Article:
(I know, I know. I was shocked, too!) When Benzino started to give her static about being so career driven, she said to him, “you just want me somewhere barefoot and pregnant.” Yes, Karlie, call out that sexism! He’d prefer “barefoot and butt naked,” but the principle is the same. As he said, “relationships are a two-way street and her career is taking up both lanes.” Stay in her lane= Know Your Place 2.0: #theremix
Sure career chicks should make sure that our careers aren’t all we have going for us, but when it’s truly male ego at play, we should not let that shit slide.
Karlie stood her ground and affirmed her right to be career driven, held Benzino accountable for his anger and his unchecked ego, and demanded that they both give practical solutions to the problem. Yay for healthy conflict resolution!
LHHATL may be long on all things Ratchet. The antics of Steebie and Joseline confirm that for sure. But the show also clues us in to some of the cultural and social roots of our collective ratchetness and emotional wretchedness. Left untreated, our traumas can cause us to heap pain and violence on each other, physical and emotional. For me, the show reminds me of the continued importance of the feminist work we do. Not just in analyzing representations, but also in providing language that helps women call out sexism and domestic violence, even if they don’t do it in academic terms. It doesn’t matter if the sisters are loud, uncouth, “ghetto,” “hood rich” or struggling; if they call out sexism and challenge its operation in their lives, then they’re down for the cause. To me, this is the kind of feminism that matters most. Our ad nauseum academic stunting can’t save us when shit gets real. Feminism that works is the only feminism I believe in. And as long as Hip-Hop culture perpetuates Black male emotional immaturity, the women in the culture can and must coopt and appropriate its terms in ways that facilitate survival. So #letsgetratchet!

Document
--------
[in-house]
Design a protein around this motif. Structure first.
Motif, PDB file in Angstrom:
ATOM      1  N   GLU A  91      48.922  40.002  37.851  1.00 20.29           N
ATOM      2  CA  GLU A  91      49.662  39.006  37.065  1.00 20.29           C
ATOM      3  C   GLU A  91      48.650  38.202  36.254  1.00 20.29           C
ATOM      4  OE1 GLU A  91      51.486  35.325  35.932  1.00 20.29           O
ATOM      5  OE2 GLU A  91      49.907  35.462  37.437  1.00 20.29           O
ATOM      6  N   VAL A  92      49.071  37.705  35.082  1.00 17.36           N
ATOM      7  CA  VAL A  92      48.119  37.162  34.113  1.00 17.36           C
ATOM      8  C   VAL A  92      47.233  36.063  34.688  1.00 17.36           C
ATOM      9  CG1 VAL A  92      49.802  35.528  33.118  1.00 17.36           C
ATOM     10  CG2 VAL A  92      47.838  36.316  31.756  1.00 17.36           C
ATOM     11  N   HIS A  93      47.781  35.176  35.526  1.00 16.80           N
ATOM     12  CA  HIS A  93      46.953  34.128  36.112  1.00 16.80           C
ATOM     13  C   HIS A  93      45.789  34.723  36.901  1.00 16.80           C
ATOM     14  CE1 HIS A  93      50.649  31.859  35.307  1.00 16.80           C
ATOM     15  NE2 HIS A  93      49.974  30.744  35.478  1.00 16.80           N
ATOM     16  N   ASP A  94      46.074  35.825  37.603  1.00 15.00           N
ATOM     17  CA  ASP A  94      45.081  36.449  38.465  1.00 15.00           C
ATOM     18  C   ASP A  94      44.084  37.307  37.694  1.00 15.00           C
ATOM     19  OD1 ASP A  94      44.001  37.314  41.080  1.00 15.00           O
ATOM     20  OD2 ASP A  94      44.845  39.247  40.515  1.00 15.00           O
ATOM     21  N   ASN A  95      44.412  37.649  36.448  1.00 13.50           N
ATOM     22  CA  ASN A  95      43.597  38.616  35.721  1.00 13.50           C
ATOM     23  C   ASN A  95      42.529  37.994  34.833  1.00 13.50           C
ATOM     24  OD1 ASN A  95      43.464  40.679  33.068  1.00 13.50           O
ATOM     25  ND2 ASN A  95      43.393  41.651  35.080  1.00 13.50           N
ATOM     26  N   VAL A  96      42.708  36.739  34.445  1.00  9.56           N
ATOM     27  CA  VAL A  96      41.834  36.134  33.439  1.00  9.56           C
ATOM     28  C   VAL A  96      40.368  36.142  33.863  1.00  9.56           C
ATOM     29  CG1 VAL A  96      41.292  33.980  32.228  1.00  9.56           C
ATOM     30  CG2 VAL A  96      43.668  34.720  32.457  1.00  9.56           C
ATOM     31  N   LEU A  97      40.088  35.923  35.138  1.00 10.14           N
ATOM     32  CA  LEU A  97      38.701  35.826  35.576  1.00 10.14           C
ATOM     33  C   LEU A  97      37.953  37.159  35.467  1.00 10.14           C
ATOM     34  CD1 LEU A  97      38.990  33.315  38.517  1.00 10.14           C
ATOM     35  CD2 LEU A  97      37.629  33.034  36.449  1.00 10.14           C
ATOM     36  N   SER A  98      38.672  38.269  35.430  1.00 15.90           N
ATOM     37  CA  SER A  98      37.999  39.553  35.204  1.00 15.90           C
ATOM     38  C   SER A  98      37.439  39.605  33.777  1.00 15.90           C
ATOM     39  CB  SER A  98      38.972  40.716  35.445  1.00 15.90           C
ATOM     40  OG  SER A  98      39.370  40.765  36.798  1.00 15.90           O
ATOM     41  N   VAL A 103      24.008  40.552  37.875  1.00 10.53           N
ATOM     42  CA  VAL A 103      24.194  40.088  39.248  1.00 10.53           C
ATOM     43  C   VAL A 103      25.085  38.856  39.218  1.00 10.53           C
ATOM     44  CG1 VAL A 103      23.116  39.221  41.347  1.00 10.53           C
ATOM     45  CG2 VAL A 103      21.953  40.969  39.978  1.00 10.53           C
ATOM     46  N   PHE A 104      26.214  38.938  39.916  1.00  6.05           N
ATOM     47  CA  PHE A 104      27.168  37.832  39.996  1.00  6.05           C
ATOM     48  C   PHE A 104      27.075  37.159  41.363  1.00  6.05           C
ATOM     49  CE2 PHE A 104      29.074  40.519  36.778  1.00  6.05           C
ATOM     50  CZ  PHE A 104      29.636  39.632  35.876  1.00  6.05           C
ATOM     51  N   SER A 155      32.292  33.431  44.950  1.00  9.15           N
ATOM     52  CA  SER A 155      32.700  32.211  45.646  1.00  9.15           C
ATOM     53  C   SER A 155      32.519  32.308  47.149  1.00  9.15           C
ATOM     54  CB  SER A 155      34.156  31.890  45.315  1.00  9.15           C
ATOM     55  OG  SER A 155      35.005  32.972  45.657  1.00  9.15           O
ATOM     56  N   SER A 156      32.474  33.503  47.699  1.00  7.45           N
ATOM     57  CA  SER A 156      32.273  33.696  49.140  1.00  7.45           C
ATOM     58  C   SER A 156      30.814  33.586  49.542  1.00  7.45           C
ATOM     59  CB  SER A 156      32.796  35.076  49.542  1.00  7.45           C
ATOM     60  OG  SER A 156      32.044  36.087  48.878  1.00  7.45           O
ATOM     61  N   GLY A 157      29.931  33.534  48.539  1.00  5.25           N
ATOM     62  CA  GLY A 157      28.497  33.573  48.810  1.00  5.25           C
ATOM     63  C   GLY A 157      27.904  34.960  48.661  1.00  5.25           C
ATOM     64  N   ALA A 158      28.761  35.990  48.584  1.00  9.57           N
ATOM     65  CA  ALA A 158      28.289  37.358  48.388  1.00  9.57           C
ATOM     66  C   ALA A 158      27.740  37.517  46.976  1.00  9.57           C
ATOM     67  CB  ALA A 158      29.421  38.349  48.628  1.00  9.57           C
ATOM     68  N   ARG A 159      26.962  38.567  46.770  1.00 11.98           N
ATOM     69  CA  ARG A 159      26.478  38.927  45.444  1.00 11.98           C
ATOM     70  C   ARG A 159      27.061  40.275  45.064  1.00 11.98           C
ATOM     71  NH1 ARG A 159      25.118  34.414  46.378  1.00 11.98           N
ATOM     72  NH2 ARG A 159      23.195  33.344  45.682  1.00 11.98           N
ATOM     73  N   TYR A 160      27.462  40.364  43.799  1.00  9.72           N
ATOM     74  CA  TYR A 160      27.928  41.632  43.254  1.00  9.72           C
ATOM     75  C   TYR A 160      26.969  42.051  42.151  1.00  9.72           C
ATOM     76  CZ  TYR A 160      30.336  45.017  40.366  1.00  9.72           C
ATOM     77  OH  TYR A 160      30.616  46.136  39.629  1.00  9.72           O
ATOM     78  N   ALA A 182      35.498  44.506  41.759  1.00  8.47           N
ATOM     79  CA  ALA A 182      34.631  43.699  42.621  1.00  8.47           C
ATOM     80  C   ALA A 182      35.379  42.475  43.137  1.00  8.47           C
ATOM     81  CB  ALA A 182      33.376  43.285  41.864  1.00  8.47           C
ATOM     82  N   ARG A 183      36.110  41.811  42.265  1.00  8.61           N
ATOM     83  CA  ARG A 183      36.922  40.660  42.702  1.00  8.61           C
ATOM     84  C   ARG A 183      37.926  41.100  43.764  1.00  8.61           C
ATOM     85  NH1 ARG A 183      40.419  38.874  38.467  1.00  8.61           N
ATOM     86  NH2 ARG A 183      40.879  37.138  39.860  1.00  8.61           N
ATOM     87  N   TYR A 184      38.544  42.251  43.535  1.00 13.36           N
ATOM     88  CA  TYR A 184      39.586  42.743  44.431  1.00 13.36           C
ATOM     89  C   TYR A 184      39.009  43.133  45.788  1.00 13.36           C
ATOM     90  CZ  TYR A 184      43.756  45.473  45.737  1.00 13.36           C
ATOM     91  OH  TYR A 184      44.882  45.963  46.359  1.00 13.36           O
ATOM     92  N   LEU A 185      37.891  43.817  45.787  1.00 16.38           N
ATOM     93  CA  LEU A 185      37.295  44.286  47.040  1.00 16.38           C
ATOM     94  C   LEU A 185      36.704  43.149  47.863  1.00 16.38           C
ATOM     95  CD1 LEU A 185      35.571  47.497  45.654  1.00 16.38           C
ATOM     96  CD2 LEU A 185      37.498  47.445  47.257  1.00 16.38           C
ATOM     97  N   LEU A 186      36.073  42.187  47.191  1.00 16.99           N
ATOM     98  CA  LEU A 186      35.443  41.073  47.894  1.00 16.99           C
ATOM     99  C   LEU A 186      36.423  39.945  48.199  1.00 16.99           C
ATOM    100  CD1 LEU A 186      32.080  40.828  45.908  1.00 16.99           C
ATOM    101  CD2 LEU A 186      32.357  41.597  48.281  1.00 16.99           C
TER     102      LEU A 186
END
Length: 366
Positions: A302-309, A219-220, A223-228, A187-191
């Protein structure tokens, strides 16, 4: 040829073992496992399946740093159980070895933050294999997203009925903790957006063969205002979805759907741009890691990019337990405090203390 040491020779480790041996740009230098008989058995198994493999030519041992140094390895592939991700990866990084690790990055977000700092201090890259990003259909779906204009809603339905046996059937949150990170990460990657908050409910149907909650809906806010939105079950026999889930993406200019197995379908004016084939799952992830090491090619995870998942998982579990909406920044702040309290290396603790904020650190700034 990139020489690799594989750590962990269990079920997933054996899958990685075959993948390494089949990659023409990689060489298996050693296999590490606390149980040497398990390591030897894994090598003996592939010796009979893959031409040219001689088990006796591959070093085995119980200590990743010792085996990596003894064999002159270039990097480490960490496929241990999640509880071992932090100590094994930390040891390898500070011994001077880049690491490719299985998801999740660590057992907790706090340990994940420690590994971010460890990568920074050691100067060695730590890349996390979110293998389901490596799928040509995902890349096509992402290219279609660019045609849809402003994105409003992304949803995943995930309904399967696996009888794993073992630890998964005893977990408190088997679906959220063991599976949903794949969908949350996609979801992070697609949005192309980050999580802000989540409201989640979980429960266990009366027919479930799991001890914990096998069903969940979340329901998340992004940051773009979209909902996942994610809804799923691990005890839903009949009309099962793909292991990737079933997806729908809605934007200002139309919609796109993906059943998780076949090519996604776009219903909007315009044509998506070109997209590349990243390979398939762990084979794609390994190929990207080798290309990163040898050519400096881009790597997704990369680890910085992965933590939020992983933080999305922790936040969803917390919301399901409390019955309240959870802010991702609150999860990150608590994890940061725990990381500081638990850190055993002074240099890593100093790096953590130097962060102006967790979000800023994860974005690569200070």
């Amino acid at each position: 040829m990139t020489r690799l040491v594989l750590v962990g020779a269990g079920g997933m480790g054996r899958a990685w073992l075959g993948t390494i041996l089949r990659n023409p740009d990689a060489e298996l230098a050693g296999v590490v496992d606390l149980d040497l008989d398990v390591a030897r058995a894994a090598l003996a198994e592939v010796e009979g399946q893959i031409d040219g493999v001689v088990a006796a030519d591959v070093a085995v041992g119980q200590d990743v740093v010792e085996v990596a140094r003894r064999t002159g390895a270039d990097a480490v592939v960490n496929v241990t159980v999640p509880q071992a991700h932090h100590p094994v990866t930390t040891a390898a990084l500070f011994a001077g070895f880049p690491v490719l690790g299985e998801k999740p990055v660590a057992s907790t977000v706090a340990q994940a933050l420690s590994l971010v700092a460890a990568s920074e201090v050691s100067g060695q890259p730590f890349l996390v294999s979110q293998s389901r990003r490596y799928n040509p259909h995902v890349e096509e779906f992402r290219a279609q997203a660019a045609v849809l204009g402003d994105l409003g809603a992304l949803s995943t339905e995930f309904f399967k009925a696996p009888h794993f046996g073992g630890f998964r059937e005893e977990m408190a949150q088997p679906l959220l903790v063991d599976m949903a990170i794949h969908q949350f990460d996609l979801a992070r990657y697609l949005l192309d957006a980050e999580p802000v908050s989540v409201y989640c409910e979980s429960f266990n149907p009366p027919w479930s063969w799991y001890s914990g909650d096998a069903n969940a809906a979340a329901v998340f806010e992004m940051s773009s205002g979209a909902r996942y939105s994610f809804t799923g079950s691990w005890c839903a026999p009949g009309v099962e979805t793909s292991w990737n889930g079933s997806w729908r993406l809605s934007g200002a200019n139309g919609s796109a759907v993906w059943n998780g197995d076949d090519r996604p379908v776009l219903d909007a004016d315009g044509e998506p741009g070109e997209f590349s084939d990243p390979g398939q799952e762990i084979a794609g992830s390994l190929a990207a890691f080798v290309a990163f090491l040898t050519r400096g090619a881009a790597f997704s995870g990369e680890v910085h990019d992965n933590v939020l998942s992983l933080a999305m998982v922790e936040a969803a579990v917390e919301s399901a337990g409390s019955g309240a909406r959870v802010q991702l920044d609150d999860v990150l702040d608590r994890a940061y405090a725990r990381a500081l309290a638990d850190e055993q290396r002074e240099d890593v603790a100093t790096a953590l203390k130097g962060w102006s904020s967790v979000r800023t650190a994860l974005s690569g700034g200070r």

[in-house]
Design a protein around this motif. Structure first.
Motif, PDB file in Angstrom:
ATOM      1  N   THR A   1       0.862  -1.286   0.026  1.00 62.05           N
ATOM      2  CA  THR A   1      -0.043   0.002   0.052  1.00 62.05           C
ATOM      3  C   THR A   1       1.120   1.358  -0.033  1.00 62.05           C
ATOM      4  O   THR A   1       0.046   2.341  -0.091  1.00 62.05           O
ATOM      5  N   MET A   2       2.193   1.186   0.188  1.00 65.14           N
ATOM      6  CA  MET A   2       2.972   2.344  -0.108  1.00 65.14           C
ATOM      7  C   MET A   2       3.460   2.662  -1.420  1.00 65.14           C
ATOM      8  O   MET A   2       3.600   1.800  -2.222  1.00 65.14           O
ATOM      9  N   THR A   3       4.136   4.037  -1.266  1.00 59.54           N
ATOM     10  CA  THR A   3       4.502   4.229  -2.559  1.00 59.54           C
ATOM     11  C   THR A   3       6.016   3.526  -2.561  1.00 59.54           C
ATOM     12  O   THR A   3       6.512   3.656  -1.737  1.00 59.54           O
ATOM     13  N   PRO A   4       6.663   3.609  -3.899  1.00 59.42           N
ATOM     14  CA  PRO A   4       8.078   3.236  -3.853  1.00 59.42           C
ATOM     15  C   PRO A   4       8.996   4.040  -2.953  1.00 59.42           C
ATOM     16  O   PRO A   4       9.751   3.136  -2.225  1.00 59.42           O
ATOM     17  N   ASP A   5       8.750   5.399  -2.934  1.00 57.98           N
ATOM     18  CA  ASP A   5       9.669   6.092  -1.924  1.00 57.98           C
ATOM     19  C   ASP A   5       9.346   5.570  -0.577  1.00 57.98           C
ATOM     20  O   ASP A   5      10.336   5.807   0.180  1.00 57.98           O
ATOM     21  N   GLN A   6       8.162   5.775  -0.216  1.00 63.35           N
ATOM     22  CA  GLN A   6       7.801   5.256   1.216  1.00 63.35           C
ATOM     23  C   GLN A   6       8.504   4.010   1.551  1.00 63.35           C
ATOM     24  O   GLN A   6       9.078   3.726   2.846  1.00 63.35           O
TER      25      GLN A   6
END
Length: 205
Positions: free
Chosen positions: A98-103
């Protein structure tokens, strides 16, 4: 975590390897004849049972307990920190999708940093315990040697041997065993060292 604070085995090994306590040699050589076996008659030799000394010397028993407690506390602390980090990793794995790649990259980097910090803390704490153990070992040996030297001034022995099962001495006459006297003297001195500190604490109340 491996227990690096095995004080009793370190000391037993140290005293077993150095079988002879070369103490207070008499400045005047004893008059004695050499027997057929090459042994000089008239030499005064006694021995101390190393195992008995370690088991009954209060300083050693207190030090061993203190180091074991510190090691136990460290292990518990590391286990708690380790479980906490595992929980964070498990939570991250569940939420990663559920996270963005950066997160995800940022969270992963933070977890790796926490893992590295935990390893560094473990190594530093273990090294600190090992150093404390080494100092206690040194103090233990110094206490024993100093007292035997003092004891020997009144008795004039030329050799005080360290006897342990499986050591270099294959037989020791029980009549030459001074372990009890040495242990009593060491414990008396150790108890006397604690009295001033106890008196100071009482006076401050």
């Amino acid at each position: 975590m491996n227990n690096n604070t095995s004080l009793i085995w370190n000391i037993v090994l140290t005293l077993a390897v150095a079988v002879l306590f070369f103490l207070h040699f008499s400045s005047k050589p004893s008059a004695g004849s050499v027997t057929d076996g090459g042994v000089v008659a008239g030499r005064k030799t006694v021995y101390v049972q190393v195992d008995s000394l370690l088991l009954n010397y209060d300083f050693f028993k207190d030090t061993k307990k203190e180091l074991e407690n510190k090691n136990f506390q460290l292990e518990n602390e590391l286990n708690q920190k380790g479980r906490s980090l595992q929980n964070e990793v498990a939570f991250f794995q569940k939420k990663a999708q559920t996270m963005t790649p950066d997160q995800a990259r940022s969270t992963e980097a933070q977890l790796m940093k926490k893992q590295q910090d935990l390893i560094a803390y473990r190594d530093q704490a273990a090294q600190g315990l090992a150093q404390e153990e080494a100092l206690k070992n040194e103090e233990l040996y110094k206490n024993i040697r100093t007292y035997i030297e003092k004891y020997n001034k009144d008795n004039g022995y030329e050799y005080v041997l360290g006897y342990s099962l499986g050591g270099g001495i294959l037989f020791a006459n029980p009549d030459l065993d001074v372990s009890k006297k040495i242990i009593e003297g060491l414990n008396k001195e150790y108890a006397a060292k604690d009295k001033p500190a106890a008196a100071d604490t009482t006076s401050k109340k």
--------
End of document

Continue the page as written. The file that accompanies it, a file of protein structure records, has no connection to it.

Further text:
So share your reactions to this week’s episode or the show in general.
Is it time for some new ways to think about and understand feminism?
What are your strategies for pursuing emotional justice and health in your relationships?